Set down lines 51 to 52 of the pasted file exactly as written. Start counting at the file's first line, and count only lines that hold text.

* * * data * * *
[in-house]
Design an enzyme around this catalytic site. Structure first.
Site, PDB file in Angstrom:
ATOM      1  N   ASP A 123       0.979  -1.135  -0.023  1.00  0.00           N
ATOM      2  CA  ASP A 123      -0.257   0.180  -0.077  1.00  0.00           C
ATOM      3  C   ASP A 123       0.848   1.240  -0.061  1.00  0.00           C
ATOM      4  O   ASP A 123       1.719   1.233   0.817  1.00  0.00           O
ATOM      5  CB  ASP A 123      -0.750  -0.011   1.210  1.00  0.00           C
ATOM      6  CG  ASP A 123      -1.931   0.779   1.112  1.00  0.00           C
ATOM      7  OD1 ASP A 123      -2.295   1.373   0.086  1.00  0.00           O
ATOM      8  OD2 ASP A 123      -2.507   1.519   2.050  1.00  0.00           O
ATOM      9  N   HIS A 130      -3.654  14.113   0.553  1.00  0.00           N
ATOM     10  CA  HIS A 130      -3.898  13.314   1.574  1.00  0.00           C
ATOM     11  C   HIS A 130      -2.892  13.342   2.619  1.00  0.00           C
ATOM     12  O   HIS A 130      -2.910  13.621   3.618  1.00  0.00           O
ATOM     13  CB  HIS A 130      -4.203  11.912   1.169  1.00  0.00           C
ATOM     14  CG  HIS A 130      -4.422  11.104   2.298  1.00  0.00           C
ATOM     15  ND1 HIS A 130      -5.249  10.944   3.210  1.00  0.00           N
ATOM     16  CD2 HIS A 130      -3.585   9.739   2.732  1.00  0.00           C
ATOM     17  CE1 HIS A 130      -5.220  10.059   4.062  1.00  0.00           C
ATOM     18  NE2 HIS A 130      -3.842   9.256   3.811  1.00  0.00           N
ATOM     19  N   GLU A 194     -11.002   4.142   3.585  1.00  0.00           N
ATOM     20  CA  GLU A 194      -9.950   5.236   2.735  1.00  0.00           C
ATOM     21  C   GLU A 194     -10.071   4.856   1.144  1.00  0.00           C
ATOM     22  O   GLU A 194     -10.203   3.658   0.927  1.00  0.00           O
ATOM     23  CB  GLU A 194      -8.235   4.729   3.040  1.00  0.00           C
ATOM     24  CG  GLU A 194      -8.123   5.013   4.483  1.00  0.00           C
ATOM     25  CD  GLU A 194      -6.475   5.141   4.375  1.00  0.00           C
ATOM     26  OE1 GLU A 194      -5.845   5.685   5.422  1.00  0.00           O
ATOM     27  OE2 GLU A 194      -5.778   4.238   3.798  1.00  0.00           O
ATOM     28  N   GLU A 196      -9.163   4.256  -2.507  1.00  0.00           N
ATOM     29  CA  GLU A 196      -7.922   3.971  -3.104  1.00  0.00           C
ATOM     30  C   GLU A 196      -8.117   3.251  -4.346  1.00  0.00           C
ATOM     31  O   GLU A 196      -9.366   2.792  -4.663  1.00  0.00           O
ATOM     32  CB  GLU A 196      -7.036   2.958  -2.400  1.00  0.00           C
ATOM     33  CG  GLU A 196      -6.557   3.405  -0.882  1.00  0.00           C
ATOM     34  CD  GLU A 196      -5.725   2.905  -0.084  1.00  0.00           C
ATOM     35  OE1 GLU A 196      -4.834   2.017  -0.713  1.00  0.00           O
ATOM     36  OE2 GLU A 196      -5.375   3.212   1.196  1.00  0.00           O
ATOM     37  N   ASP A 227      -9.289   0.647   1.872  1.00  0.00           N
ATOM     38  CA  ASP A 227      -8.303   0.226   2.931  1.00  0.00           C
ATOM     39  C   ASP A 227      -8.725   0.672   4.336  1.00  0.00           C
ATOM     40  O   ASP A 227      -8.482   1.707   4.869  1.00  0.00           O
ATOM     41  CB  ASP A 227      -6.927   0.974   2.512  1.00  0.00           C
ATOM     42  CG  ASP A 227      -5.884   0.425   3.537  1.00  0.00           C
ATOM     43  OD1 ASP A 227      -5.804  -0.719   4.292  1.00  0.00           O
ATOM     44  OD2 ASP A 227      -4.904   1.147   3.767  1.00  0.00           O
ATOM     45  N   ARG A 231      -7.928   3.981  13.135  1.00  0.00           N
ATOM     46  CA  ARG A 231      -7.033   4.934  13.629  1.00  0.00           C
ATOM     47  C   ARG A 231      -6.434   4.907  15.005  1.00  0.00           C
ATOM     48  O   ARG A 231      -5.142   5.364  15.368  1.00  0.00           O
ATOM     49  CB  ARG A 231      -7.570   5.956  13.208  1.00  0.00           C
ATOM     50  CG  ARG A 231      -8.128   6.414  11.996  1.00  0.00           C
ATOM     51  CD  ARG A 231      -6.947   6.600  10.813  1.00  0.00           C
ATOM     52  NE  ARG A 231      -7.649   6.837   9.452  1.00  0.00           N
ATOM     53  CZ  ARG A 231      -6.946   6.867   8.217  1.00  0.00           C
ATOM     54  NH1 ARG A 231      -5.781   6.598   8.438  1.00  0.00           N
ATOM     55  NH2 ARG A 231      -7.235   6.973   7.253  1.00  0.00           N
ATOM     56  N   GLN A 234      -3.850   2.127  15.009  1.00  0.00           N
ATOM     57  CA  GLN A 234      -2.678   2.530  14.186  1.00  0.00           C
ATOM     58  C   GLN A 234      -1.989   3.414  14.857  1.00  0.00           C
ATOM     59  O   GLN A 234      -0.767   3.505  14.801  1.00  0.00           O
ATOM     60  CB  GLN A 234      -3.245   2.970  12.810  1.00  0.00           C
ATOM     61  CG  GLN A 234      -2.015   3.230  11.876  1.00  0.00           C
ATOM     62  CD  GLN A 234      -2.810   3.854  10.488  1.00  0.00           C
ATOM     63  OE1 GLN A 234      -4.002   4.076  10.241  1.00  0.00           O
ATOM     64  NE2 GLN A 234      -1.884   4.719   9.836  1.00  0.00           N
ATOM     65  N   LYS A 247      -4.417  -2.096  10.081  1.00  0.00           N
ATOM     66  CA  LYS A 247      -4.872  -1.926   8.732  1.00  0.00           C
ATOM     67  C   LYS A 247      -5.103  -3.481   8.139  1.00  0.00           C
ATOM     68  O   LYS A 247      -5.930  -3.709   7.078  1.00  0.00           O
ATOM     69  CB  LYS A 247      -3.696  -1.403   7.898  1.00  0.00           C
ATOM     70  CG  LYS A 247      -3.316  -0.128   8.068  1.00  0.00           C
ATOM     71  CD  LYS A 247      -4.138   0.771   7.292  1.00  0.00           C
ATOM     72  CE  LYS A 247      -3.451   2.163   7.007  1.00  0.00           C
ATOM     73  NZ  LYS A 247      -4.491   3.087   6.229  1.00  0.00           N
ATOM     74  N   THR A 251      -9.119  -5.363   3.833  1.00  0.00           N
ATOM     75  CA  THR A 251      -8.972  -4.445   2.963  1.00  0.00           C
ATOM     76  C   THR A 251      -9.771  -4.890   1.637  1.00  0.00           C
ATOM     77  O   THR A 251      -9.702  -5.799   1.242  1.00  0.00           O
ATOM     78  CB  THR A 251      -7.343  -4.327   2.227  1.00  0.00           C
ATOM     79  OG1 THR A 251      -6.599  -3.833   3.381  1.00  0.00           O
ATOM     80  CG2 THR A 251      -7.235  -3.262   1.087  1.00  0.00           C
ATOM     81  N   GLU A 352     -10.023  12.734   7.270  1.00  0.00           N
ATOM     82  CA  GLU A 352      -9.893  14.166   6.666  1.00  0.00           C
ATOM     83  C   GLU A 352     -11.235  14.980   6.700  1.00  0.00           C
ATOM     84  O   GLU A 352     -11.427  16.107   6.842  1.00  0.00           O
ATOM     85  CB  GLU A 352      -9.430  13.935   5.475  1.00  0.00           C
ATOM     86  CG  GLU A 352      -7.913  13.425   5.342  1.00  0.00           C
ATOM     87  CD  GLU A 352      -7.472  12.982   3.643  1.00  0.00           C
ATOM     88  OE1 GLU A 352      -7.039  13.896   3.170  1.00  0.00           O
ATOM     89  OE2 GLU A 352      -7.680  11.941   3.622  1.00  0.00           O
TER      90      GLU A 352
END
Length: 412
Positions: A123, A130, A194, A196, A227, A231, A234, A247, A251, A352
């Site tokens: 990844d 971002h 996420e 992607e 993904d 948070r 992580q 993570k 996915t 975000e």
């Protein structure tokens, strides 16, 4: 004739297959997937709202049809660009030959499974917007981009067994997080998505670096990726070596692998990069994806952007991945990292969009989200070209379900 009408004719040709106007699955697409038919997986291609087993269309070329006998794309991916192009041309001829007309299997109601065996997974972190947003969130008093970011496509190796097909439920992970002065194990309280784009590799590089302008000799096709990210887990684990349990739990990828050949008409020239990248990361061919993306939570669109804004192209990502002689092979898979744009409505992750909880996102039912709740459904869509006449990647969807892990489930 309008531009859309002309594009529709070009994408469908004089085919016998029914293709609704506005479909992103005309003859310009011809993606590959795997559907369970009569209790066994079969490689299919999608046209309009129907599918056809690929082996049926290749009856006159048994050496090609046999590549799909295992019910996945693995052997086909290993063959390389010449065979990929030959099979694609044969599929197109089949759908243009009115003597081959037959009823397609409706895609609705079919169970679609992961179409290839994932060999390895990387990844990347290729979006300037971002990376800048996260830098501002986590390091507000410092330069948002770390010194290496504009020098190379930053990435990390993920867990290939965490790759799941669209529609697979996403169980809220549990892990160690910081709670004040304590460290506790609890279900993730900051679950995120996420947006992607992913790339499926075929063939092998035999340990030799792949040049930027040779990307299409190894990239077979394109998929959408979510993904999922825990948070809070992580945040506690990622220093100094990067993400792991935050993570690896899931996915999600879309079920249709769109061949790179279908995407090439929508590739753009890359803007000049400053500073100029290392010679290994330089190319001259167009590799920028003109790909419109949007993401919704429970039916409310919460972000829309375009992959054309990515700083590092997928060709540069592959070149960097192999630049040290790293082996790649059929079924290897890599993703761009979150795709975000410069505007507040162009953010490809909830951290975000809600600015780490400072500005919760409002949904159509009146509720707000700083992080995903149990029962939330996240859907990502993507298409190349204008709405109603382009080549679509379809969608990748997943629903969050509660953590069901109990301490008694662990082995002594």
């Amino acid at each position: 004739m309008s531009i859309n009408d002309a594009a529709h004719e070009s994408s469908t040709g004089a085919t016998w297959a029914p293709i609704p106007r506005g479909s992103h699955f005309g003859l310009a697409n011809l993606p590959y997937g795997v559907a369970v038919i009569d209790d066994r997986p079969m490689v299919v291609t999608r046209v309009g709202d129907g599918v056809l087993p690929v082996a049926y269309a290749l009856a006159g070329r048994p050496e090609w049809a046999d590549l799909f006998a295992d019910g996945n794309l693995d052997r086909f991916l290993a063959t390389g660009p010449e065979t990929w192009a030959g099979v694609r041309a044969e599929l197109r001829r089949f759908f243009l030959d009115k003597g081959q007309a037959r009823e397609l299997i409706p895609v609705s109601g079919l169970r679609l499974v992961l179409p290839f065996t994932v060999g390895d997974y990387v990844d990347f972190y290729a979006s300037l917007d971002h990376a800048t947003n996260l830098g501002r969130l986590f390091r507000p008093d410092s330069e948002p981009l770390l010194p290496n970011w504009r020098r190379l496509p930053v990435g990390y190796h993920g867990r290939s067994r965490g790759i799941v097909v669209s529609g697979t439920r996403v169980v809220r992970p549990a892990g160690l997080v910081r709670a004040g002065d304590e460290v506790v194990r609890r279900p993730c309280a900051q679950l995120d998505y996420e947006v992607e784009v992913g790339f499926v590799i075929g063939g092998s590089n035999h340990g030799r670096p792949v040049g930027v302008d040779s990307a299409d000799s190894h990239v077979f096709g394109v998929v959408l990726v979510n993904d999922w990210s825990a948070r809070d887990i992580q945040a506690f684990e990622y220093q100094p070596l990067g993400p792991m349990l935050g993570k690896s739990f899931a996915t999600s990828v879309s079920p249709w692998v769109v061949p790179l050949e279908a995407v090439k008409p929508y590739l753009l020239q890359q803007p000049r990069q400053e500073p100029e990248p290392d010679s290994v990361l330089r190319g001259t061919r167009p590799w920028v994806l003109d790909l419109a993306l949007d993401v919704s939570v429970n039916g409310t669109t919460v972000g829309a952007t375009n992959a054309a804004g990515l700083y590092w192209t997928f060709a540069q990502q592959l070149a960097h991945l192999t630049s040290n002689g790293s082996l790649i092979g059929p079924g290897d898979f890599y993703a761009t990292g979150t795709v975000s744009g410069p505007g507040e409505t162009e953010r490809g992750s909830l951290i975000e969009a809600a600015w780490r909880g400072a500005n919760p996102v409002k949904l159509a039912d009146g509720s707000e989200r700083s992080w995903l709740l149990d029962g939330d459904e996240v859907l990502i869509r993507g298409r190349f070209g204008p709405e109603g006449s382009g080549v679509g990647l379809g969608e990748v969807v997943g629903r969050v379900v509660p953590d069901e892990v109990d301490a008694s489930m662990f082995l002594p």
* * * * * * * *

ATOM     48  O   ARG A 231      -5.142   5.364  15.368  1.00  0.00           O
ATOM     49  CB  ARG A 231      -7.570   5.956  13.208  1.00  0.00           C